A recent honour killing in Pakistan brings to the fore the issues of human rights in societies involved, and highlights the “honour killing industry.”
SATRAH – In eastern Pakistan’s Punjabi village of Satrah, a young couple was killed for marrying without their families’ permission. Sajjad Ahmed, 31, and Muafia Bibi, 17, had barely been married for a week when the latter’s parents lured them home under the pretext of accepting their marriage. They were subsequently drugged.
“When the couple reached there, they tied them with ropes,” said local police official Rana Zashid. “He (the girl’s father) cut their throats.”
Five have been arrested in connection to the murders including the girl’s father and grandfather.
The local police chief Muhammad Pervaiz said, “It is a case of honour killing. The couple were not beheaded but were killed with the knives and had severe signs of torture on their heads.”
The family was reportedly embarrassed by the girl’s marriage to a man from a tribe of lesser importance.
The couple was brought out to the courtyard for the killing and a crowd had gathered. Muhammad Ijaz, one of the locals, said: “Their legs and arms were tied while their mouths were gagged with pieces of cloth. The father of the girl announced loudly that he was going to slit the throat of her daughter and her husband.”
It was suggested that the children should be sent away but Mrs. Bibi’s father wanted them to watch.
“He said they should learn what would happen to them if they married someone of their own choice,” Ijaz explained.
According to the Human Rights Commission of Pakistan, 869 cases of honour killings were reported in the media last year – several a day – but the true figure was probably much larger since many went unrecorded.
At London Metropolitan University’s International Child Abduction, Relocation and Forced Marriages Conference in 2010, legal experts Anil Malhotra and his brother Ranjit Malhotra said, “They happen not only within the Muslim community but also among Sikhs and Hindus.”
They cited the findings of India Democratic Women’s Association according to which the states of Haryana, Punjab and Uttar Pradesh accounted for about 900 such cases while the rest of the country was responsible for 100-300 killings, every year.
According to the Malhotras, “The total figure for India would be about the same as estimated for Pakistan, which researchers suggest has the highest per capita incidence of honour killings in the world.”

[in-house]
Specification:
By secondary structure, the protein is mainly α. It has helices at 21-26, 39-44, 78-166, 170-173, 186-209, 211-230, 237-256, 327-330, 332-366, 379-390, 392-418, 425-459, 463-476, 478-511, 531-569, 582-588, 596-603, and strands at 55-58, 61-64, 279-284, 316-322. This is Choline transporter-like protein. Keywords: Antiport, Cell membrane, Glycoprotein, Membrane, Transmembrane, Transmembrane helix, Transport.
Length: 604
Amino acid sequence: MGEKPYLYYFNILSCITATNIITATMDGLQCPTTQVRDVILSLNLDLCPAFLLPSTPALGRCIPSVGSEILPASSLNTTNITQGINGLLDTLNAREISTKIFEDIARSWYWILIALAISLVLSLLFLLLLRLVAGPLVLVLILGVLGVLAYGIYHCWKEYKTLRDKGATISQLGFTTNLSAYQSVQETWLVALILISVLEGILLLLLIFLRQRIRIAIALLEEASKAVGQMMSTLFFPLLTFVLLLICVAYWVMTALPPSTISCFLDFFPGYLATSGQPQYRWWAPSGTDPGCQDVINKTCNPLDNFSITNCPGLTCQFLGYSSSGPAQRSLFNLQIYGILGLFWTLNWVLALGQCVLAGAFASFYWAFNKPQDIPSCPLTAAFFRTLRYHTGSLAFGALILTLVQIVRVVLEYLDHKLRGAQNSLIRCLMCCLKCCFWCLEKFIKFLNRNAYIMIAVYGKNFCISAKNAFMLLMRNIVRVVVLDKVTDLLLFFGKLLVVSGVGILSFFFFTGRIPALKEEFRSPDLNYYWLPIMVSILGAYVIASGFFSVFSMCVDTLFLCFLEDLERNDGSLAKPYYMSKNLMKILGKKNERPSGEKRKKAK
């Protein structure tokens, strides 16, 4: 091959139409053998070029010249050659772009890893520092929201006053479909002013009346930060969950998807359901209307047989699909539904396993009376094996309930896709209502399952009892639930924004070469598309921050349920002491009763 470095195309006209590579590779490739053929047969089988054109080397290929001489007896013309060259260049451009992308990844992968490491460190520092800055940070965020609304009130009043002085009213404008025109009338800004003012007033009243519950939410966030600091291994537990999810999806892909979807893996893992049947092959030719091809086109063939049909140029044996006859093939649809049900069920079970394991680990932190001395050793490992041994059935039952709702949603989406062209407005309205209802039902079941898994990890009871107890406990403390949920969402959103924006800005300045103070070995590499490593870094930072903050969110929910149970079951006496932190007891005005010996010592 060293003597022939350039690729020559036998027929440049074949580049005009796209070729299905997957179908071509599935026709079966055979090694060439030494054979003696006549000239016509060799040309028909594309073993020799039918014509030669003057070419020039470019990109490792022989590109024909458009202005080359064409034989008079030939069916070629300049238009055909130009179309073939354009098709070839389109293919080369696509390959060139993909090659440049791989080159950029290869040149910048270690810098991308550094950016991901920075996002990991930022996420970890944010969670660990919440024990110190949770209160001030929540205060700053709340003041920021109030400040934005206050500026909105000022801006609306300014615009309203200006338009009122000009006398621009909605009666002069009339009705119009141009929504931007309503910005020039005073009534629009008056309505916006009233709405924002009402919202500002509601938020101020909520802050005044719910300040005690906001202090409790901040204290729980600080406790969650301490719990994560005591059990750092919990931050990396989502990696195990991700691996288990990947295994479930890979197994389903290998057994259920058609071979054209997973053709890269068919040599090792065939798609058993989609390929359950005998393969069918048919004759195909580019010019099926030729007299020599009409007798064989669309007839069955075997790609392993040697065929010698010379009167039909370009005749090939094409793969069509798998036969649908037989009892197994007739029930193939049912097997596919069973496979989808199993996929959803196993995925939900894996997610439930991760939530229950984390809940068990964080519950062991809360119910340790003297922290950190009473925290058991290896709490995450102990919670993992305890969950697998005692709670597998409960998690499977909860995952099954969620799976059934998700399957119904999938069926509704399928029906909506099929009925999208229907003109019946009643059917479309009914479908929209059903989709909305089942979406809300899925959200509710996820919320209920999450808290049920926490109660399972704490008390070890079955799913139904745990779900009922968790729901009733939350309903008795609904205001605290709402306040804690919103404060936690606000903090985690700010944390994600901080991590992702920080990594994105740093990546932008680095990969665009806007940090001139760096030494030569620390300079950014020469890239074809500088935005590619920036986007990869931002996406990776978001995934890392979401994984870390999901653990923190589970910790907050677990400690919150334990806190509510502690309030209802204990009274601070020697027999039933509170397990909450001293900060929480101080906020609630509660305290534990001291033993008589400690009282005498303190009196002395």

Head of a New Delhi-based NGO for women’s rights, Rajana Kumari explains, “It’s the mindset that women have no rights to decide. That once a decision is made, the family takes any challenge to that decision as a challenge to culture and family and values.”
With a Hindu majority, in India the killings are also caste-related. “In sociological terms, when a woman marries, she goes into the husband’s caste. Men maintain caste if they marry lower caste, not women. So women bring the family status down if they marry to a lower, or even just another caste,” Kumari says.
In Pakistan, because honour killings are seen as justifiable by many citizens and they are sanctioned by tribal councils and ignored by local police, they can often be used as a cover for other crimes. Muhammad Haroon Bahlkani, a Pakistani officer in the Community Development Department in Sindh, said in 2012, “man can murder another man for unrelated reasons, kill one of his own female relatives, and then credibly blame his first victim for dishonouring the second. Or he can simply kill one of his female relatives, accuse someone rich of involvement with her, and extract financial compensation in exchange for forgoing vengeance.” Bahlkani called this the “Honour Killing Industry.”
— Suryatapa Mukherjee, Correspondent (South Asia)
Originally published on The Global Panorama: http://theglobalpanorama.com/honour-killing-in-pakistan/